If you’re a writer, you might have heard this most of your life:
“People don’t make a living writing. You should find something practical to do with your life.”
Smart, capable writers grimly pass around war stories on Facebook. Penny-a-word assignments, clients who don’t pay, disdain for our craft, and disrespect for our profession.
Yet, look around at this digital world we live in, it’s made of words. The technology to produce digital content exists because we create words worth sharing. Text, video, audio, it all needs great writing if it’s going to be worth spending our time on.
If writing is your profession and your passion, you can accept crap assignments for crap money and crap treatment; or you can choose something better. Because there is something better.
In the time I’ve been working professionally with Writers, I’ve noticed some necessary traits, abilities, and strengths that make the difference between life as a well-paid writer, and life as someone who likes to write but can’t seem to get paid for it.
Here are some of the most important:
This might seem squishy, but if you’re meant to be a writer, you know what I mean. There is no substitute for the ‘love of writing’. For the passion of getting the words right: the head-scratching, and the pacing around the house, and the endless drafts that aren’t quite right yet.
If you don’t love language, and your topic, and the act of putting words together, none of the rest of this really means anything.
I could have just as easily used ‘Compulsion, Obsession, or Bullheadedness’ for this section. Whichever word you choose, it’s about refusing to settle for weak writing, because the words matter.
An attitude of service
Write like it matters and it will!
Writing for self-expression can be high art, pursued for the sake of your own experience of truth and beauty. As soon as money changes hands, though, the audience: the reader, listener, or viewer, becomes the focus.
Professional writers work from an ‘attitude of serving’ their audiences. Serving them with truthful, beautiful words, yes. But also with language that meets their needs, and language that clarifies, rather than prettifies.
Novelists, copywriters, and content marketers all live in service to audiences. No matter how clever or perfectly poetic we may find a phrase, if it doesn’t serve the audience, it’s gone.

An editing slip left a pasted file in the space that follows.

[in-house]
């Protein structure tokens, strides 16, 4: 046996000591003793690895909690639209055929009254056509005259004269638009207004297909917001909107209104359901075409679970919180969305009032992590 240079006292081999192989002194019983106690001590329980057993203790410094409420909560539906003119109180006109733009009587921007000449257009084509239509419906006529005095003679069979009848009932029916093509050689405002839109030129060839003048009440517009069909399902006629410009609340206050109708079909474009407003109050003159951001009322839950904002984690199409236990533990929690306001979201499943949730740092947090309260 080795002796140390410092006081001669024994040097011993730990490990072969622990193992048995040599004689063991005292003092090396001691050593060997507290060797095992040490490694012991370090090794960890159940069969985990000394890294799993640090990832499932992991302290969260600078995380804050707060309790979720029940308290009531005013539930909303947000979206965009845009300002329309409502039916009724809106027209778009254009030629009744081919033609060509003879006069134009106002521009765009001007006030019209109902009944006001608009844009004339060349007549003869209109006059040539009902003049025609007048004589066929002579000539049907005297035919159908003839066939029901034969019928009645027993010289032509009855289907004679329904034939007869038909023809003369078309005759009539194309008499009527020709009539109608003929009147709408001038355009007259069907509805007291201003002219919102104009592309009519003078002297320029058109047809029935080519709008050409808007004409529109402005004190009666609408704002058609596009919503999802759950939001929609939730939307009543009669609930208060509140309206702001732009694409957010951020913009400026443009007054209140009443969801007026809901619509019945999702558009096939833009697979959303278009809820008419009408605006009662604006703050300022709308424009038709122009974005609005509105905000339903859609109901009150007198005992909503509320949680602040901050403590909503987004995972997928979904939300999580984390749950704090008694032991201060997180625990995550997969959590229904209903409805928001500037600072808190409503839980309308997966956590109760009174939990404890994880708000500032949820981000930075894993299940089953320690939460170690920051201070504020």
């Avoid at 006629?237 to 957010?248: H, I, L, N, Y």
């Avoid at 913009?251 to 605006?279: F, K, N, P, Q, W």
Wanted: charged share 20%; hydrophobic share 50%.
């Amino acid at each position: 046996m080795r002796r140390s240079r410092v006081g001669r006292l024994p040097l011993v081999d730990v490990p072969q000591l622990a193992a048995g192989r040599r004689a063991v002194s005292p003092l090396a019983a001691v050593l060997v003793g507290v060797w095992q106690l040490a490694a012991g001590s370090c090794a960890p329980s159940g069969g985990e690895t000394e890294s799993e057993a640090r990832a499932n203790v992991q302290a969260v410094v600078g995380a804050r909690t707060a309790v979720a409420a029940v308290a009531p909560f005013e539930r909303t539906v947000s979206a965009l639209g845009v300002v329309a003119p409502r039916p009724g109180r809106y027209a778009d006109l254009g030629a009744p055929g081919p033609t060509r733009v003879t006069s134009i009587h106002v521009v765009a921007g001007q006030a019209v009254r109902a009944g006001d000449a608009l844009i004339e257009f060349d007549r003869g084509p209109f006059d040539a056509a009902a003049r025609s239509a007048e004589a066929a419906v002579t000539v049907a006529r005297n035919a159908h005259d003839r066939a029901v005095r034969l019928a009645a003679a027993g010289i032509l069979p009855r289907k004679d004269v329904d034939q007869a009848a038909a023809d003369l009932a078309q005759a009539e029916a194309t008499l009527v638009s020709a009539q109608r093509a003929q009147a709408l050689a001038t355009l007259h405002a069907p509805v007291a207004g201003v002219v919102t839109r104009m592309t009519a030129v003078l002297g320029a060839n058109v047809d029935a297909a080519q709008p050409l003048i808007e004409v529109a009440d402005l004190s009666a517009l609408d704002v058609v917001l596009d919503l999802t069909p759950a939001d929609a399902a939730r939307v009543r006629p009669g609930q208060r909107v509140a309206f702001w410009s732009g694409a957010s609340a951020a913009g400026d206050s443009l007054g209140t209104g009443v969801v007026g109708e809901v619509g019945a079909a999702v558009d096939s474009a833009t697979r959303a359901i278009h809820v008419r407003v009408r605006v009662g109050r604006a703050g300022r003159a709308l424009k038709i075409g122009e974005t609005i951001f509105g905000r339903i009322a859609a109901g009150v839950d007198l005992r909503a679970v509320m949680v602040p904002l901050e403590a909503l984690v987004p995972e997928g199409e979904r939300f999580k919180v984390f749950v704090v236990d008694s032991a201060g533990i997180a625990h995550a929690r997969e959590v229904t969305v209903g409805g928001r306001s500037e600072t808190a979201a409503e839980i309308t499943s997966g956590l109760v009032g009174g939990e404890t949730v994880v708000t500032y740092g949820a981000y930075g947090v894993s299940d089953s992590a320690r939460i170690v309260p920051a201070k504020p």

Many writers imagine that if you have a good writing voice and a strong opinion about the serial comma, you’re qualified to work as a professional copywriter.
Not so fast.
Great copywriters and content marketers are fine wordsmiths, but they’re also strategists.
They understand what types of content work to attract attention, to stand out amid the sea of content clutter, to motivate buying behavior, and to help the audience make the journey from interested bystander to loyal customer.
Solid content and copywriting strategy come from training (and practice). You can get a lot of that training right here at Paradigm House, of course.
The willingness to become a marketer
There is some money in writing fiction. There’s also still a little bit of money in journalism and feature writing, especially if you have excellent contacts.
However, for the most part, if you want to make a great living as a writer, the fastest, most enjoyable way to do that is to write content for businesses that want to find more customers.
It’s interesting, lucrative, very much in demand, and it will get you researching and investigating as many different topics as you like.
You might think that this kind of writing is boring to do. Far from it. Creating really good content (as opposed to the mass of junk that makes up 95 percent of web copy) will call on your skills as a storyteller, investigator, wordsmith, and historian.
A well-qualified content marketer needs all the skills of a great feature or fiction writer, combined with solid marketing strategy.
You also need to get comfortable marketing yourself. This can be surprisingly tough, but you need it.